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The euro area economy remains strong despite the political risksThe euro area economy remains strong despite the political risksThe euro area economy remains strong despite the political risksThe euro area economy remains strong despite the political risksThe euro area economy remains strong despite the political risksThe euro area economy remains strong despite the political risksThe euro area economy remains strong despite the political risksThe euro area economy remains strong despite the political risksThe euro area economy remains strong despite the political risks

The euro area’s economic growth gains traction in spite of uncertainty. After several years of moderate but uneven growth in the euro area, the cyclical recovery has become stronger in most of its economies. CaixaBank Research forecasts point to euro area growth of 1.7%, both for 2017 and 2018. The IMF forecasts are along the same lines: 1.7% growth in 2017 and 1.6% in 2018. This is slightly higher for most euro area economies than its January forecast. Domestic demand is getting stronger in the euro area, supported by private consumption after the gradual recovery in the labour market, as well as increased corporate capital expenditure. The foreign sector is also improving, boosted by stronger global demand and a weaker euro. Some of the political risks that had threatened the recovery at the start of 2017 are now starting to fade (the outcome of the Dutch elections and the first round in France, and less support for Germany’s extreme right-wing). The Eurogroup has also reached a preliminary agreement with Greece for the upcoming payments from the third bail-out programme and an orderly start is expected for the Brexit negotiations. However, several core countries from the euro area are also about to go to the polls, the agreement with Greece does not include measures for long-term debt relief and the Brexit negotiations are likely to be long and complex. On 29 April the EU-27 countries unanimously established not only their negotiating position with the UK but also how these negotiations will take place. The second phase discussing the future basis of relations between the UK and the EU-27 will not begin until the following have been clarified: the impact of Brexit on citizens and companies and all the country’s rights and obligations as a former EU member.

Economic activity indicators point to higher GDP growth in the first half of 2017. Pending the GDP growth figure for Q1 in the euro area, most economic sentiment indicators suggest growth has speeded up. The composite business sentiment index (PMI) for the euro area increased in the first four months of the year, up to 56.7 points in April, clearly in the expansionary zone (above 50 points) and its highest level since 2011. The economic sentiment index (ESI) reached 109.6 points in April, its highest since August 2007. This growth in economic activity indicators was widespread among the largest economies in the euro area. Regarding other hard data for the euro area, industrial production increased by 1.2% year-on-year in February, the highest rates being Spain with 2.5%, Italy with 2.2% and Germany with 1.5%. In France, a country whose Q1 GDP figure is already available, economic activity grew by 0.3% quarter-on-quarter, slightly lower than the 0.5% in Q4 2016 (the latter having been upgraded by 0.1 pp). This slower rate was partly due to a seasonal slowdown in consumption (for instance, less energy consumption because of the mild winter) and a drop in exports (particularly transport materials). April’s indicators suggest France’s economic activity has rallied slightly in Q2.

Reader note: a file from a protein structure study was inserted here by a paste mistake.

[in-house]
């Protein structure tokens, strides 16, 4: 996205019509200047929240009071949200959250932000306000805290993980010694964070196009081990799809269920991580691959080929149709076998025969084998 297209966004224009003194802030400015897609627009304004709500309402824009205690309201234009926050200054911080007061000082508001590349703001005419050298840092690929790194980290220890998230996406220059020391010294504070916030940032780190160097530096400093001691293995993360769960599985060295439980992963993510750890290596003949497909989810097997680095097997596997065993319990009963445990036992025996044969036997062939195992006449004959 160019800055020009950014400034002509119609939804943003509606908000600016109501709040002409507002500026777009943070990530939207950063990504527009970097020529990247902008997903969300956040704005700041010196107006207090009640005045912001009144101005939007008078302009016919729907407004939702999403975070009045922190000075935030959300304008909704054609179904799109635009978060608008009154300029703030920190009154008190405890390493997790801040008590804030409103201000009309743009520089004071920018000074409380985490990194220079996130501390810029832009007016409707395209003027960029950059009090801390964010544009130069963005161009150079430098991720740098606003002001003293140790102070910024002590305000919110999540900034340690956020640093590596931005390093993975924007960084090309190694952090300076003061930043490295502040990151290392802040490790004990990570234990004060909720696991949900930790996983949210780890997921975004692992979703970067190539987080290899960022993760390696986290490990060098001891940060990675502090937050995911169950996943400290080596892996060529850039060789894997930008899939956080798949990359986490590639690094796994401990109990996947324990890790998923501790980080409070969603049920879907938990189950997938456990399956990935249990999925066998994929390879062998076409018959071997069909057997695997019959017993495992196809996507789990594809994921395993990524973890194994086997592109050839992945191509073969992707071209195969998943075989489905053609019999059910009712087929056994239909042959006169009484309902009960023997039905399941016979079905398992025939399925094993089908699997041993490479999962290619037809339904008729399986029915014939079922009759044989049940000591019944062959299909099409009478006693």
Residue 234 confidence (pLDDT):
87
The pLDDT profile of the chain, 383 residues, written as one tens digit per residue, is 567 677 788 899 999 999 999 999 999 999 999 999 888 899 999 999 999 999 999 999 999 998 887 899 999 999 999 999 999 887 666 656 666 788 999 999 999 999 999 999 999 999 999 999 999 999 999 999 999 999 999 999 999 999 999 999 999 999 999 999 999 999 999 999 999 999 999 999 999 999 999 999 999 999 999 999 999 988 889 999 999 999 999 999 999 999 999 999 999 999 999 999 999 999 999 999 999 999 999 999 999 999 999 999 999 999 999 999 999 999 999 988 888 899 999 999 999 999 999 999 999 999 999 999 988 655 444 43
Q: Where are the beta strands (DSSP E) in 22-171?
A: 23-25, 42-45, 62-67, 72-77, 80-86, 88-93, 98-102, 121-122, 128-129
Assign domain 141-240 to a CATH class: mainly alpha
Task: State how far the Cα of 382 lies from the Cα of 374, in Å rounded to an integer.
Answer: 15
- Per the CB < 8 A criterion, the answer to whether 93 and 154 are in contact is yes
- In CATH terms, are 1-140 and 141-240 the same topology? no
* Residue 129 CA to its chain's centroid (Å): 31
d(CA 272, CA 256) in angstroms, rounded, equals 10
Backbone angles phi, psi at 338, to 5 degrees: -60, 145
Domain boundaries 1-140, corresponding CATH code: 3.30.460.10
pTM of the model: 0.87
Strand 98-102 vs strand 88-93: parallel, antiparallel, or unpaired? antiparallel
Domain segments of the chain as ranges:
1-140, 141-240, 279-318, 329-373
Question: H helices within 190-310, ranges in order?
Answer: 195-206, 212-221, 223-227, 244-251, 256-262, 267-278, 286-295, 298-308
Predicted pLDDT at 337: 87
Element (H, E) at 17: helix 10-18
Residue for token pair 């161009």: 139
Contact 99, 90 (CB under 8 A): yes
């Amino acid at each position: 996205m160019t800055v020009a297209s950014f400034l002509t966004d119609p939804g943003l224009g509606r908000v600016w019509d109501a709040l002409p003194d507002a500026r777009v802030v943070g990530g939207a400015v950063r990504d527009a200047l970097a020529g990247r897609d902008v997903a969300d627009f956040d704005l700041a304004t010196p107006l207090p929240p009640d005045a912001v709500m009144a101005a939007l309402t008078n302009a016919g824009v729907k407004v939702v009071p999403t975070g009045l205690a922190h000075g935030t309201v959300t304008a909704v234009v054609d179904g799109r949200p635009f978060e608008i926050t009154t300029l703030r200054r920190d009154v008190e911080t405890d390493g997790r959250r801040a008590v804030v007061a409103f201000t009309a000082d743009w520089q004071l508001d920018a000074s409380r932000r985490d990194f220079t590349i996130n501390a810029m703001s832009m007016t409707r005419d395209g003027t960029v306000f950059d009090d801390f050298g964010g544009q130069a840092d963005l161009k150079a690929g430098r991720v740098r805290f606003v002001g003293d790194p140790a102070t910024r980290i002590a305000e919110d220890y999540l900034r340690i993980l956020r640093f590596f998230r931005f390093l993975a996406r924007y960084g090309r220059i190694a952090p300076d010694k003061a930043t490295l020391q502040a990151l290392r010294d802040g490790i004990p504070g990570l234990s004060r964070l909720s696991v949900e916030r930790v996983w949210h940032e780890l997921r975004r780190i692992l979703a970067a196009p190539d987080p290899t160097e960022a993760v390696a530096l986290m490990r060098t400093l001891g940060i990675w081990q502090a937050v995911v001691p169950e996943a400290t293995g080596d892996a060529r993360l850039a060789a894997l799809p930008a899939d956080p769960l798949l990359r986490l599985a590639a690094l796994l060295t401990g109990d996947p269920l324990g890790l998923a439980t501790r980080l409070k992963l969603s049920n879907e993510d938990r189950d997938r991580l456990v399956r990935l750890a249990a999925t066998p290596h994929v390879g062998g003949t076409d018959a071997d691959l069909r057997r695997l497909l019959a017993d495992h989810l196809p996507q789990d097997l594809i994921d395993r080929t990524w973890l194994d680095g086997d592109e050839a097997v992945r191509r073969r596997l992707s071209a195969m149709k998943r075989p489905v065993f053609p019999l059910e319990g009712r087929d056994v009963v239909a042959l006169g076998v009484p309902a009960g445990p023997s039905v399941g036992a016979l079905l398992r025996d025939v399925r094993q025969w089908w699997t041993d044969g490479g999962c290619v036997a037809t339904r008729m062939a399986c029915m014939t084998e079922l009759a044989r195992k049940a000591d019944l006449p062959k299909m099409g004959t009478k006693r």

Household consumption is still strong. Retail sales in the euro area rose by 1.8% year-on-year in February (1.6% in January), a clearly faster rate than the average for the past few years. Its consumer confidence index increased during the first four months of the year to –3.6 points in April, the highest since March 2015. Positive private consumption is supporting the euro area’s solid growth, a pattern that should continue, helped by the better labour market and accommodative financial conditions over the next few months.